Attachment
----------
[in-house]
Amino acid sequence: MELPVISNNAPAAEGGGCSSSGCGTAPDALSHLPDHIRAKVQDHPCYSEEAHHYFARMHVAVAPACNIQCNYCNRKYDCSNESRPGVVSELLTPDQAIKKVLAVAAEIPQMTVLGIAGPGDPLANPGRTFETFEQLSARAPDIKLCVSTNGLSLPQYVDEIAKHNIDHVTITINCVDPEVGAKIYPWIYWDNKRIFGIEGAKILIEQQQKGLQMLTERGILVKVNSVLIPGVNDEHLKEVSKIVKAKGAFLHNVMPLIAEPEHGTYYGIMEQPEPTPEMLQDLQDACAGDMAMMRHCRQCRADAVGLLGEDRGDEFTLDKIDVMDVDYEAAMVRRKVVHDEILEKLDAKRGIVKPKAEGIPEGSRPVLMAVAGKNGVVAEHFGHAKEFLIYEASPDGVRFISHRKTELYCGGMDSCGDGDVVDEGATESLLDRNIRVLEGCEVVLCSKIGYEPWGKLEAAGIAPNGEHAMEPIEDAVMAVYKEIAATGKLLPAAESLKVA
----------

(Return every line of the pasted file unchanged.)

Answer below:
[in-house]
Amino acid sequence: MELPVISNNAPAAEGGGCSSSGCGTAPDALSHLPDHIRAKVQDHPCYSEEAHHYFARMHVAVAPACNIQCNYCNRKYDCSNESRPGVVSELLTPDQAIKKVLAVAAEIPQMTVLGIAGPGDPLANPGRTFETFEQLSARAPDIKLCVSTNGLSLPQYVDEIAKHNIDHVTITINCVDPEVGAKIYPWIYWDNKRIFGIEGAKILIEQQQKGLQMLTERGILVKVNSVLIPGVNDEHLKEVSKIVKAKGAFLHNVMPLIAEPEHGTYYGIMEQPEPTPEMLQDLQDACAGDMAMMRHCRQCRADAVGLLGEDRGDEFTLDKIDVMDVDYEAAMVRRKVVHDEILEKLDAKRGIVKPKAEGIPEGSRPVLMAVAGKNGVVAEHFGHAKEFLIYEASPDGVRFISHRKTELYCGGMDSCGDGDVVDEGATESLLDRNIRVLEGCEVVLCSKIGYEPWGKLEAAGIAPNGEHAMEPIEDAVMAVYKEIAATGKLLPAAESLKVA